A managerial revolution in reverse: finance market control of the corporation and the triumph of the agency theory model
Journal article, 2015

Corporate governance denotes different practices and procedures in economic sociology and in the economic theory literature; while economic sociologists are concerned about understanding the institutional features of corporate law and other corporate governance vehicles, economists are primarily interested in theorizing how capital owners can reduce agency costs. In pursuing the latter objective, agency theory has been remarkably successful in advancing shareholder value creation as the only legitimate objective of firms. This accomplishment is deeply entangled with a series of political, macroeconomic and institutional changes in (primarily) the US economy and political life, including the financialization of the world economy. The article examines these changes and stresses the capital funding of free-market advocates in academic communities as a decisive factor that contributes to the popularity of shareholder value creation. The study thus calls for a broader institutional view of the political economy of corporate governance and in the study of the ‘managerial revolution in reverse’ taking place as managerial capitalism is displaced by investor capitalism. © 2015, Taylor & Francis.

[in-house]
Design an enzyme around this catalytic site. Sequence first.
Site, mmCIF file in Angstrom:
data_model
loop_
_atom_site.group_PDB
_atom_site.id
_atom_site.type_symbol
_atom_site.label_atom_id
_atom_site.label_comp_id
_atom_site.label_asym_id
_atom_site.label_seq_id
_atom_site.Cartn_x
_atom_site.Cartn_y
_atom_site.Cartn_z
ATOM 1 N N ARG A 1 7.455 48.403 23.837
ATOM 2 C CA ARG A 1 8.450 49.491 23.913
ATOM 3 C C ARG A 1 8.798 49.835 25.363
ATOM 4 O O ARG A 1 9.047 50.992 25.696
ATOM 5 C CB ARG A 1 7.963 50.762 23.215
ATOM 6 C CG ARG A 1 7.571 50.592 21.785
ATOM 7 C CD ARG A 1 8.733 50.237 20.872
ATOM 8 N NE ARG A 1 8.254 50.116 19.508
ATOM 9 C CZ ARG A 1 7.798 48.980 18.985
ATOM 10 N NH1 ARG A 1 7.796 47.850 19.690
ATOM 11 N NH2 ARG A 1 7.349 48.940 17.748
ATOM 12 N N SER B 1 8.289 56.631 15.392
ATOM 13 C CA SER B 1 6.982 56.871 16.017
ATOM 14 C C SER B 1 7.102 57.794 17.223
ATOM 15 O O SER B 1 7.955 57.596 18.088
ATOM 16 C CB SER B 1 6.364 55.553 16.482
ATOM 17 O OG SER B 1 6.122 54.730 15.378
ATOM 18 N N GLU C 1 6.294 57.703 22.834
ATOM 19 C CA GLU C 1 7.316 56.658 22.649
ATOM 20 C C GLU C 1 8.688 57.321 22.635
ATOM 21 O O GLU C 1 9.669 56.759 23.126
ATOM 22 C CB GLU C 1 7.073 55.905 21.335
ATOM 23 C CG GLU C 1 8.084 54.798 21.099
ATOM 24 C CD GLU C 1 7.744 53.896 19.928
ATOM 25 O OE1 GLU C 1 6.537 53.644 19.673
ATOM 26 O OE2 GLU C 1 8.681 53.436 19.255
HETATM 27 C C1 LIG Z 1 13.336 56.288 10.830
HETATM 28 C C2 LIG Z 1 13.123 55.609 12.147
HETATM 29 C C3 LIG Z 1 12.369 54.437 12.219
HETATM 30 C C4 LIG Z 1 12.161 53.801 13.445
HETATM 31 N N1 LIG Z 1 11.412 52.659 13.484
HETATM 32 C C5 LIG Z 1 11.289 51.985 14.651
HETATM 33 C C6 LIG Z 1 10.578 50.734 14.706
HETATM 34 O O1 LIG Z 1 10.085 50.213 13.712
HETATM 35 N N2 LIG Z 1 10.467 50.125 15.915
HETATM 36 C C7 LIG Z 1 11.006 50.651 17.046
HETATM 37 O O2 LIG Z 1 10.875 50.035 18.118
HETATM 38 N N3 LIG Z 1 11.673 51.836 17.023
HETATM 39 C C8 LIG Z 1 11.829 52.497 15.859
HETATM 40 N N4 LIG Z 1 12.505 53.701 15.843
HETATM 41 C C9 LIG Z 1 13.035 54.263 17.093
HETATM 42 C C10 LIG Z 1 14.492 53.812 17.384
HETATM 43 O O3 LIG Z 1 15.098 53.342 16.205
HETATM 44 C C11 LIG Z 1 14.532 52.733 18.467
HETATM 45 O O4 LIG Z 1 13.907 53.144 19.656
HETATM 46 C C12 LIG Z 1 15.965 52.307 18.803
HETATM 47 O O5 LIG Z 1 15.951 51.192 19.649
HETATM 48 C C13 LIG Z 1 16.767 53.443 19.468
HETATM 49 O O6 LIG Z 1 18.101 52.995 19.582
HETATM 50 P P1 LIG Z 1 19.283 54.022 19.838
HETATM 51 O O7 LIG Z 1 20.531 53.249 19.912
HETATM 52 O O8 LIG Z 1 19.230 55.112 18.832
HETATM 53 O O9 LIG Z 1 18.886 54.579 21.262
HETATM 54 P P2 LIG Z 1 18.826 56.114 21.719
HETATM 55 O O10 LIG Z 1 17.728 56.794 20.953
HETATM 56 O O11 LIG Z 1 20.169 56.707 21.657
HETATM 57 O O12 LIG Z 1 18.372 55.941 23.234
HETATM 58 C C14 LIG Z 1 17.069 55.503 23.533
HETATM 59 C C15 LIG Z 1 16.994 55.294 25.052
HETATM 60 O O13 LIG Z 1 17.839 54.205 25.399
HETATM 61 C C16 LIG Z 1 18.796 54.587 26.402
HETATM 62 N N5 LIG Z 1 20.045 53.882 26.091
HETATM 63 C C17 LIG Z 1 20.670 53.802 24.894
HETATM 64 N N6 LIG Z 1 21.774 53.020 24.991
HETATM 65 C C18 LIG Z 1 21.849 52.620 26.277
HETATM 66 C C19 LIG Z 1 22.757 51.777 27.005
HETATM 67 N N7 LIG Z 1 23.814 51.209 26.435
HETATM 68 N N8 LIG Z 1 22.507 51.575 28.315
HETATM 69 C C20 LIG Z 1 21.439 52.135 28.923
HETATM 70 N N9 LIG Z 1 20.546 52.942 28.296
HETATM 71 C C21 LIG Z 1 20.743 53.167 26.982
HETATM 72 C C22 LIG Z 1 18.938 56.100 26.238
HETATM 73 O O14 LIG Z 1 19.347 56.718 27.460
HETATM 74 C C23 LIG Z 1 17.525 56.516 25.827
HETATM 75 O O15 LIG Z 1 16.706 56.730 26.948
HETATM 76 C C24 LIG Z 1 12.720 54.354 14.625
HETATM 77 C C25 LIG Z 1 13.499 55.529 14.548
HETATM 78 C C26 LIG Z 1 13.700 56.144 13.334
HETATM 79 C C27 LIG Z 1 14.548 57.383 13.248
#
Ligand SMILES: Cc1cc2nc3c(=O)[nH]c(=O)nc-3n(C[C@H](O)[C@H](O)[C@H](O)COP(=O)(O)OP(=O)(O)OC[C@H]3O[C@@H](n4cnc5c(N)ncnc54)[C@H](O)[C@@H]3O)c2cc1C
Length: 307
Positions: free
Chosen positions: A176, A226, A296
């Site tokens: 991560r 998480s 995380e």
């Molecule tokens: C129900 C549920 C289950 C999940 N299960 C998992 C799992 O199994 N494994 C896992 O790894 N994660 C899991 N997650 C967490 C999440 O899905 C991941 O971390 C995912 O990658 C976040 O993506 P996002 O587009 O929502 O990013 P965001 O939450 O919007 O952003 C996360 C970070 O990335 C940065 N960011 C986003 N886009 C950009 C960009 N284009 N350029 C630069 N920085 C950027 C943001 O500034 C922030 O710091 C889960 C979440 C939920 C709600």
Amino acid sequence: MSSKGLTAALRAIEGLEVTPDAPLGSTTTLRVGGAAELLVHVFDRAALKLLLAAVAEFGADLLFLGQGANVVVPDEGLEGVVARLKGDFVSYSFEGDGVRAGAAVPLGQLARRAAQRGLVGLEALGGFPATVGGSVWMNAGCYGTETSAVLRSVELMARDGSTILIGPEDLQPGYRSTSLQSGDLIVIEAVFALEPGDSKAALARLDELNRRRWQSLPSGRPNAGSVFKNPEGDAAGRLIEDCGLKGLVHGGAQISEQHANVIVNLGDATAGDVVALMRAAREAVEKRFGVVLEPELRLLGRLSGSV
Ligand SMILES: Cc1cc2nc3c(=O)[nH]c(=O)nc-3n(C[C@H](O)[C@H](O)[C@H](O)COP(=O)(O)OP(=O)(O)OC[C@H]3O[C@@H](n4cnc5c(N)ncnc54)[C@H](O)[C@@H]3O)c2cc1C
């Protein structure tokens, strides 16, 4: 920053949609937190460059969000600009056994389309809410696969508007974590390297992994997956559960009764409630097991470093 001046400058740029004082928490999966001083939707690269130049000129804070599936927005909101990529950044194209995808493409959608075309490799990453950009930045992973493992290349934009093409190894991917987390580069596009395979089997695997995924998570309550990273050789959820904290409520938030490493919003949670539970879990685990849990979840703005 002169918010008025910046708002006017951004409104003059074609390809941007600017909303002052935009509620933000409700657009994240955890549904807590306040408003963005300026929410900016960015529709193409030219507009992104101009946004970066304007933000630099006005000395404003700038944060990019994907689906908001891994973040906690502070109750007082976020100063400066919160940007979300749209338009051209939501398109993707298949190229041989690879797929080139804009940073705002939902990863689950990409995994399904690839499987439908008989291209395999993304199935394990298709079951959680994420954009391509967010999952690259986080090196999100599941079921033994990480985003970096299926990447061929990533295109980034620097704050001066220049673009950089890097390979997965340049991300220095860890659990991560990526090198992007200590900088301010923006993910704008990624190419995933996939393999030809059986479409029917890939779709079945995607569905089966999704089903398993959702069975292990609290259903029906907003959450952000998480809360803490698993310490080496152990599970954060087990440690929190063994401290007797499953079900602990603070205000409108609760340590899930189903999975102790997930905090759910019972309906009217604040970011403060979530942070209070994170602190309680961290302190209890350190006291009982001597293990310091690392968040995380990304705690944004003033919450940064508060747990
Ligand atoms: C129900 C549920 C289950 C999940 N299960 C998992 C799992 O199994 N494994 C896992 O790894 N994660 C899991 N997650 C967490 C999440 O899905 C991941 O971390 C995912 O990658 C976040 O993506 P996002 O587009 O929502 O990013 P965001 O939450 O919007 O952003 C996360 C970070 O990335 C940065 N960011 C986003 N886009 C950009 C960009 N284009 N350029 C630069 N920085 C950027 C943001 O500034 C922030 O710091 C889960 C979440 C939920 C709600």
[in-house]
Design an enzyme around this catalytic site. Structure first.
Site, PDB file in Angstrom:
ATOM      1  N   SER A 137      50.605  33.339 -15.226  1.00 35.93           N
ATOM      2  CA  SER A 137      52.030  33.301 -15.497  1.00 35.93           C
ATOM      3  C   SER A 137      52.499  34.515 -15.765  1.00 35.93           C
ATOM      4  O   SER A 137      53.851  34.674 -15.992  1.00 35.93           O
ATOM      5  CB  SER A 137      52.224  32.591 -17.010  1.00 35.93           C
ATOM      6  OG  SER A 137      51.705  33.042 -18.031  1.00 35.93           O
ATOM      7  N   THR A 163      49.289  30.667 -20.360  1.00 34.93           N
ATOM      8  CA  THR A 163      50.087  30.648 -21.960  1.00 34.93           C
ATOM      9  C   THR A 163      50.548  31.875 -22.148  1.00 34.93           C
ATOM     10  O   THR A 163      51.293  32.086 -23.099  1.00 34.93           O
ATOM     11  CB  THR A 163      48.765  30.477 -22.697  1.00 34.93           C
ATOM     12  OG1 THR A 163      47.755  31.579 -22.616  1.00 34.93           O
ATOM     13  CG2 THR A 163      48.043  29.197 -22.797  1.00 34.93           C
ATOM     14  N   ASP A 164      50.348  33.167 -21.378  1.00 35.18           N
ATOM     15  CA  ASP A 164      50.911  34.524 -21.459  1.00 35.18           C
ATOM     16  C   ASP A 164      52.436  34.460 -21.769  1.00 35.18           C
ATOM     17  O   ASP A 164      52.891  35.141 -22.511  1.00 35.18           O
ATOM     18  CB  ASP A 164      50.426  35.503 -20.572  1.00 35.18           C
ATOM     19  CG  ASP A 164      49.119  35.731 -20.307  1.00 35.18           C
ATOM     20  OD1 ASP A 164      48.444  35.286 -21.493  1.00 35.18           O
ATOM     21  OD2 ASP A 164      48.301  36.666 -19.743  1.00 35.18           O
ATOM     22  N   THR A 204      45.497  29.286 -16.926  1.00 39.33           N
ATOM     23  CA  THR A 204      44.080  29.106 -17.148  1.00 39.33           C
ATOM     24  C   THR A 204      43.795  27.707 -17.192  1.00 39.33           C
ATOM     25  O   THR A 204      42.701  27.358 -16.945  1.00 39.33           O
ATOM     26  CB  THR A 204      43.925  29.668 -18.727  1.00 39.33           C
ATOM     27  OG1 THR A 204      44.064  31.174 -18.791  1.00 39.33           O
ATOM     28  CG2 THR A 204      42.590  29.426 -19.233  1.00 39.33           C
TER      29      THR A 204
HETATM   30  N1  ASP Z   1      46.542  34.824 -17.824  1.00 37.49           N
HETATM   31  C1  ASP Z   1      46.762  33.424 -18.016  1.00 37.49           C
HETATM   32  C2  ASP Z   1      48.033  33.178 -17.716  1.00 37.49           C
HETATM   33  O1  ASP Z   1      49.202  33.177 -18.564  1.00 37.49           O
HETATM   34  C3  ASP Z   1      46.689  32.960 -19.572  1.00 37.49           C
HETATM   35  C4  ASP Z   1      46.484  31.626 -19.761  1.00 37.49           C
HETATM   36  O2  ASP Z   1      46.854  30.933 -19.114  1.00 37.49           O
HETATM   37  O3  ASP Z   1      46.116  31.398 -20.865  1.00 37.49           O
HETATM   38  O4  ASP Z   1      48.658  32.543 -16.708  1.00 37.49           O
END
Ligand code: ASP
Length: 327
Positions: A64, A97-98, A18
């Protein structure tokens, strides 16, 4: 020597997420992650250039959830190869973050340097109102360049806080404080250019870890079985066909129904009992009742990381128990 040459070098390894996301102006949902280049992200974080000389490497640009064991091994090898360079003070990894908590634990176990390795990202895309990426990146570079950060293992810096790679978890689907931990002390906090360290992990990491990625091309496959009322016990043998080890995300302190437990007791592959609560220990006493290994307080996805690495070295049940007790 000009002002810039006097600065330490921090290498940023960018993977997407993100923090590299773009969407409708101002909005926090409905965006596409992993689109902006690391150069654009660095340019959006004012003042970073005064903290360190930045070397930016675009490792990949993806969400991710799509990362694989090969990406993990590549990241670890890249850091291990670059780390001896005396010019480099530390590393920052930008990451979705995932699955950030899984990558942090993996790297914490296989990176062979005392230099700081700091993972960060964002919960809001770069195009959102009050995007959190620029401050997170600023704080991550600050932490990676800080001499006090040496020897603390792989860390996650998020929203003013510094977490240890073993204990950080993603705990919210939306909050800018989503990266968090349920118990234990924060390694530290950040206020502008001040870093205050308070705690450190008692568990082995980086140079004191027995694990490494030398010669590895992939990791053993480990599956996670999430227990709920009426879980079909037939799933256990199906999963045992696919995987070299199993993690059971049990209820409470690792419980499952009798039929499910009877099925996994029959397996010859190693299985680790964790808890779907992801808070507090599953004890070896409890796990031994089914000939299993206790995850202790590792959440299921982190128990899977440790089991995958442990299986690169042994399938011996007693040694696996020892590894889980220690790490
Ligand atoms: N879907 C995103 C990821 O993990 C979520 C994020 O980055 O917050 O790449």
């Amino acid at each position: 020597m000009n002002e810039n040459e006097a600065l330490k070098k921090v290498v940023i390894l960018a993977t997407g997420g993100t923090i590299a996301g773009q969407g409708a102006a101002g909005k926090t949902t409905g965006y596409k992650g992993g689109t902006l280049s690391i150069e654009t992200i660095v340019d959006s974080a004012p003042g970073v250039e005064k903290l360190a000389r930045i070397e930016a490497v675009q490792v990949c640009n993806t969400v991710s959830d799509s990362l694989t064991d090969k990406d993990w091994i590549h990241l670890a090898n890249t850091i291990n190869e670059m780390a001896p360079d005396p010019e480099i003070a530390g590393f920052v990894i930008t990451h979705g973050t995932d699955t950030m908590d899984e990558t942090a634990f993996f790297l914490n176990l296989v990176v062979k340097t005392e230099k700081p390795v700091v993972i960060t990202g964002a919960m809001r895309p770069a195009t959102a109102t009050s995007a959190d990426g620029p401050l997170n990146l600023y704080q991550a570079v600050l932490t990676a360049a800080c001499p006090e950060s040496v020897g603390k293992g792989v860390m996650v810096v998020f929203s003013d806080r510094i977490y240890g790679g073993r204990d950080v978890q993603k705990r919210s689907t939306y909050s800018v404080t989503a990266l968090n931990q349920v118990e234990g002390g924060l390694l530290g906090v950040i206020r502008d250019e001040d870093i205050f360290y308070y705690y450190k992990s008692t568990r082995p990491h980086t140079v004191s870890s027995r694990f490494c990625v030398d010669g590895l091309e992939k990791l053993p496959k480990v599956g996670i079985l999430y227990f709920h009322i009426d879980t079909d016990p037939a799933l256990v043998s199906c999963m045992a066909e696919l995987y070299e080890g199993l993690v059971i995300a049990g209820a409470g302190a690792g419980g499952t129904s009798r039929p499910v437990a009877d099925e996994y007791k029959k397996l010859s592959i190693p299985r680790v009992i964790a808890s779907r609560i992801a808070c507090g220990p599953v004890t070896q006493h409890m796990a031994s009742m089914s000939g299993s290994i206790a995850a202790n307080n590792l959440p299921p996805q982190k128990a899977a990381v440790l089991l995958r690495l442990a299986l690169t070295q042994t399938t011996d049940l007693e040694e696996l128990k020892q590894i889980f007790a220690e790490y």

agency theory

managerial control

corporate governance

agency costs


Alexander Styhre

University of Gothenburg

Management and Organizational History

1744-9359 (ISSN)

Vol. 10 1 71-86

Subject Categories

Economics and Business



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